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Today's Features

  •  MOUNT WASHINGTON—Students at Crossroads Elementary got to experience a special kind of snow day…an Al Snow day.

    The former WWE wrestler might have left Head at home, but he brought words of help to the students experiencing bullying.

    Snow reminded the students that sticks and stones may break bones but words can hurt the heart. He shared that he himself had been bullied and, if someone had been a bully, they still had a chance to turn things around.

  •  MOUNT WASHIINGTON -- Thomas Becke’s wife was a little concerned when he arrived home from work on Monday, Jan. 29.

    He seemed to be a little happier than normal.

    Becke, a Mount Washington resident, had reason to be happy. 

    On Monday, Jan. 29, he went into Pearl’s Food Mart on Highway 44 East. While there, he purchased a Folding Money Doubler scratch off ticket for the Kentucky Lottery. In playing that ticket, Becke would win $50,000.

  •  Mount Washington Mayor Barry Armstrong saw his shadow and more on a private tour of the Second Chances Wildlife Center on Groundhog’s Day.

    The center rehabs wildlife throughout the year but keeps a handful who can’t be released back into the wild as educational animals.

    Founder and Executive Director Brigette Brouillard woke one of the educational animals, a groundhog named Major, to celebrate his day.

  •  As snow accumulated, students picked up cameras and captured its scenic beauty in the third annual Snowmageddon Photo Contest sponsored by the Shepherdsville/Nichols Elementary School Family Resource Centers.

    Students had three days (Jan. 16-18) to take pictures in the themed Winter Wonderland contest.

    Coordinator Traci Gould said this was her third year facilitating the contest.

  •  SHEPHERDSVILLE — As he winds down a 39-year career at Beam Suntory, Jerry Summers has a new mission to use his talents.

    One of Summers’ main tasks has been to serve as director of community relations for the world’s biggest producer of bourbon.

    In that role, he’s seen the communities which have grown over the years. And a key component has been that those with a united front will prosper more.

    He wants to help Bullitt County to prosper.

  •  SHEPHERDSVILLE — Her last campaign was very stressful.

    Besides the many personal attacks on social media, Linda Belcher lost in her bid for a fourth term as the state representative for the 49th District.

    But the retired educator never lost hope that she would again run for the House seat.

    What she didn’t realize wasthat not only would she be running for a full two-year term in Frankfort, but she would also have a special election to run in February.

  •  CEDAR GROVE — Jeff Branham doesn’t think the Fourth District receives its fair share of attention.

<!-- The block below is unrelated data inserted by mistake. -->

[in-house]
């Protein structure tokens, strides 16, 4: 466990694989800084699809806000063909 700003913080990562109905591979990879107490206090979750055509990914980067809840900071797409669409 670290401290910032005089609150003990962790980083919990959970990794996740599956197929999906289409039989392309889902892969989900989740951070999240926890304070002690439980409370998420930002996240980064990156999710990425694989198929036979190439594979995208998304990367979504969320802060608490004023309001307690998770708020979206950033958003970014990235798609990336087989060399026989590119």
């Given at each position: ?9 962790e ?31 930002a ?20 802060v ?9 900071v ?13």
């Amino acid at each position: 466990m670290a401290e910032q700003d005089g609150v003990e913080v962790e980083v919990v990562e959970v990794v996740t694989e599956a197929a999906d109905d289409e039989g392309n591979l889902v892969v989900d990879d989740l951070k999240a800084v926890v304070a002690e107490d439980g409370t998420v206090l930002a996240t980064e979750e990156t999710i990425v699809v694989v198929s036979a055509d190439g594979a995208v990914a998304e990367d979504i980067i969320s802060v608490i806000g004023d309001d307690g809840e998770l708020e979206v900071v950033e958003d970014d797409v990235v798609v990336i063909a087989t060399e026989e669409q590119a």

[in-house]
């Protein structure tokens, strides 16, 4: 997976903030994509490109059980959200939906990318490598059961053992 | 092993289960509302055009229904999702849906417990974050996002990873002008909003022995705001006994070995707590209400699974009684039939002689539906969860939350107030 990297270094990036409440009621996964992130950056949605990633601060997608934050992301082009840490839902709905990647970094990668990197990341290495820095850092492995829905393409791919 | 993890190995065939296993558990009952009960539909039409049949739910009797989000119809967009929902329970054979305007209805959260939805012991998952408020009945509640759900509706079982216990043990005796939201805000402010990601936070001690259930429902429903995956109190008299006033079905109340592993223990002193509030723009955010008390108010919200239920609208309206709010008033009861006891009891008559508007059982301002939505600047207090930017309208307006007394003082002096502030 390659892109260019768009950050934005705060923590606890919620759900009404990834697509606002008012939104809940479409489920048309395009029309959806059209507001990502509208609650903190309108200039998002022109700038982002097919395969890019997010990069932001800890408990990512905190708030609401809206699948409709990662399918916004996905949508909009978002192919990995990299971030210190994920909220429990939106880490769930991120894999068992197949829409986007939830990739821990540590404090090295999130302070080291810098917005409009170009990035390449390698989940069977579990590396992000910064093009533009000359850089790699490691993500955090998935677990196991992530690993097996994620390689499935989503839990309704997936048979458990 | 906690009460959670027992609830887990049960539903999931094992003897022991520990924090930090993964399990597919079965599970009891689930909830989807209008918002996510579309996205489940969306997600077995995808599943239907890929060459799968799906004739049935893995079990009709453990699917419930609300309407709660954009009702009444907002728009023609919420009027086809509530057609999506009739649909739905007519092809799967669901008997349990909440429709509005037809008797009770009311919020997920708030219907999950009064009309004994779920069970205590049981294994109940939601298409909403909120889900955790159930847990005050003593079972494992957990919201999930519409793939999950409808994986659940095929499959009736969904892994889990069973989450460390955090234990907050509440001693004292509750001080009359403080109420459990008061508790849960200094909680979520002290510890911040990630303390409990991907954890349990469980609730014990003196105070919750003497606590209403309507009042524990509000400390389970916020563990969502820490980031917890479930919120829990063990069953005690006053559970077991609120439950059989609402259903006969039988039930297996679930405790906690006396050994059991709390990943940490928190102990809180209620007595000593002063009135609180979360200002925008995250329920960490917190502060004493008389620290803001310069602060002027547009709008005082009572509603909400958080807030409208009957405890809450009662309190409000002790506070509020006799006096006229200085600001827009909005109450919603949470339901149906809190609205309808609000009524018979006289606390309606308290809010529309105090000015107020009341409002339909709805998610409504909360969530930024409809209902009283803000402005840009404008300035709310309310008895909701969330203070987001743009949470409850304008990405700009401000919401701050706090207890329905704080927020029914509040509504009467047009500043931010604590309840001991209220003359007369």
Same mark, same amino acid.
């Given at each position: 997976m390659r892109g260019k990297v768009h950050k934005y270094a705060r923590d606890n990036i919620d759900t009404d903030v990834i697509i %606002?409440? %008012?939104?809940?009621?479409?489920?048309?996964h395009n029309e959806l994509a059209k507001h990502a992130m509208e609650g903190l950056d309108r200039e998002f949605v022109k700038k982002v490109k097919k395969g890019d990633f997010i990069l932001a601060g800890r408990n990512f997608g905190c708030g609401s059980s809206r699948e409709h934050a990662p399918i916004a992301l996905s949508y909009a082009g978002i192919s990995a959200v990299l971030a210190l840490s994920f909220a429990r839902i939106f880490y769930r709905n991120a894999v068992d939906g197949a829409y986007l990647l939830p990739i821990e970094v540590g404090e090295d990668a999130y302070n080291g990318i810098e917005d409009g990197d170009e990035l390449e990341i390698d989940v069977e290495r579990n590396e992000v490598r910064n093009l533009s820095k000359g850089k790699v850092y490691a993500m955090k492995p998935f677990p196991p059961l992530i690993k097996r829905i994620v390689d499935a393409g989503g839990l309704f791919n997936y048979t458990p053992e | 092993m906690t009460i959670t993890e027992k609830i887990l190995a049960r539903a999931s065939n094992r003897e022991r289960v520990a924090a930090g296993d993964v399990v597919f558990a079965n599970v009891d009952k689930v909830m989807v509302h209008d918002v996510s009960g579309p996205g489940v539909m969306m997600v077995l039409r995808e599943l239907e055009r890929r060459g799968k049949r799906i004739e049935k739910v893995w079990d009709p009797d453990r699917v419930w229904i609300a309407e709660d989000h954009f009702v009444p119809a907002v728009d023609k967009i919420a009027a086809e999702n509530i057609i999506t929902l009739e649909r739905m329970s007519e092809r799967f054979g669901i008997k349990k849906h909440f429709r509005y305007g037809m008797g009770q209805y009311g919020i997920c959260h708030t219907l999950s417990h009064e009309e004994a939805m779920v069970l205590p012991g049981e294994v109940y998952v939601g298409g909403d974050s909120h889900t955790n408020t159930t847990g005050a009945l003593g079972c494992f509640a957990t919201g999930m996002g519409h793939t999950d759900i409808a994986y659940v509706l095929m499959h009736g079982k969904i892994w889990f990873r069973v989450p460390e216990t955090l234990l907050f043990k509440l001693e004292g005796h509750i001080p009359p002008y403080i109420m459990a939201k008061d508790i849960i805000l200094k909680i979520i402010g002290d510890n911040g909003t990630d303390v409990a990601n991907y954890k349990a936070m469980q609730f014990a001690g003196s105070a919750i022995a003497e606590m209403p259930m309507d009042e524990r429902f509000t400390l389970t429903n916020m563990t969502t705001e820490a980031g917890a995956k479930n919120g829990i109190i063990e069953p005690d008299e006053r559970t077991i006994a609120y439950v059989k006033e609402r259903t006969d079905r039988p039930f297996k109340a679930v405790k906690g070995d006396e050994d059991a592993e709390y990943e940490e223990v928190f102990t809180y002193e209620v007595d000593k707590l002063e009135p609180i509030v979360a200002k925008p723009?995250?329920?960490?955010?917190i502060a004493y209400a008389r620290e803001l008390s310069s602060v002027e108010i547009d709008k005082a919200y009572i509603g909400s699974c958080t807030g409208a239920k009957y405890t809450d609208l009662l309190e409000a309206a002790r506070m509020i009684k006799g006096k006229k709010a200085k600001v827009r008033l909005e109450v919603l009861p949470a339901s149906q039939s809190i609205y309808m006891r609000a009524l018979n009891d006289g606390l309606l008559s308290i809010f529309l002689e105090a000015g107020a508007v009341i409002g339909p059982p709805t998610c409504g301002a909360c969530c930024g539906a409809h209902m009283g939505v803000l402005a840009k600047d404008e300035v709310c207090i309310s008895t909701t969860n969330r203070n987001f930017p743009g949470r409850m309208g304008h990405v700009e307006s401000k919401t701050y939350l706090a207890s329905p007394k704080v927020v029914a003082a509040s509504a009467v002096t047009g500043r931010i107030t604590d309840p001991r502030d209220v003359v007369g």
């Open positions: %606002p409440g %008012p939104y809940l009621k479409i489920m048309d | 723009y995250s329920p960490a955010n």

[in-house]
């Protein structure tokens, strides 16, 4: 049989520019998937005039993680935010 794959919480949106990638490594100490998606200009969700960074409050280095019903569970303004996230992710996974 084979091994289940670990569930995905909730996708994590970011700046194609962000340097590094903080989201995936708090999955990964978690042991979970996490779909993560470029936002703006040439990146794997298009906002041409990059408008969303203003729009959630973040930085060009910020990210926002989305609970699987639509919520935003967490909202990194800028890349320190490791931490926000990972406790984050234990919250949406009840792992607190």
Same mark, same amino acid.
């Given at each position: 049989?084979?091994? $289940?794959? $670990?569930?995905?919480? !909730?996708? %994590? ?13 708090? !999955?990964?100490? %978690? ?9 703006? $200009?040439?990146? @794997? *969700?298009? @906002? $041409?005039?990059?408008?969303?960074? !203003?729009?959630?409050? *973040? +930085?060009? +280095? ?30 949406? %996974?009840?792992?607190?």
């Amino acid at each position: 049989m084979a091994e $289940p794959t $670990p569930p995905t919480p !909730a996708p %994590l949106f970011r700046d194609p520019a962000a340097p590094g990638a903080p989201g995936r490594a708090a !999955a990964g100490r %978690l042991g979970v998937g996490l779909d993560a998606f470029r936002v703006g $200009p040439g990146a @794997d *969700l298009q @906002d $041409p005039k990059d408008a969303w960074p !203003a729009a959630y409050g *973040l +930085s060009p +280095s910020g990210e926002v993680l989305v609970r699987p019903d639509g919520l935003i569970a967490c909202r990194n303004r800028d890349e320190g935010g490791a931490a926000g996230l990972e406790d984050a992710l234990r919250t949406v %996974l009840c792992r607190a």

Having the largest district in terms of territory and tax base, Branham believes his area should be more in terms of projects.

    With that concern in mind, Branham has filed to run for Fourth District magistrate on the Democratic ticket.

    He will have a primary opponent in May.

    With so many tax dollars being generated through Jim Beam and the Cedar Grove distribution businesses, Branham said he feels his district is left out.

  •  SHEPHERDSVILLE - A local girl who grew up in rural Bullitt County now takes on the task of directing businesses into the future.

    The Bullitt County Chamber of Commerce recently selected Anita Stump as its newest executive director.

    Stump previously worked as member services director for the Bullitt County YMCA, with 20 years experience working with the organization.

  •  SHEPHERDSVILLE — Fashion, food and fitness. That’s what the annual Healthy Hearts Wear Red Luncheon is all about.

    Back for its eleventh year, residents and friends of Bullitt County are invited to learn how to give their heart its best life.

    “We all know somebody who has had a heart attack, a stroke or suffered from other heart issues,” Bullitt County Health Department Health Educator Liz McGuire said. 

  •  PIONEER VILLAGE - It was a long journey from Bullitt County to Okinawa, Japan for George Bradbury.

    It was an even longer journey for Bradbury to Washington DC, a journey that took a lifetime to experience.

    Bradbury, 92, recently participated in the Honor Flight Program, an organization dedicated to transporting veterans to the nation’s capitol, free of charge, to visit war memorials dedicated to them.

    Born in 1925 and raised in Belmont, Bradbury did his part to receive such honor, surviving some of World War II’s deadliest battles.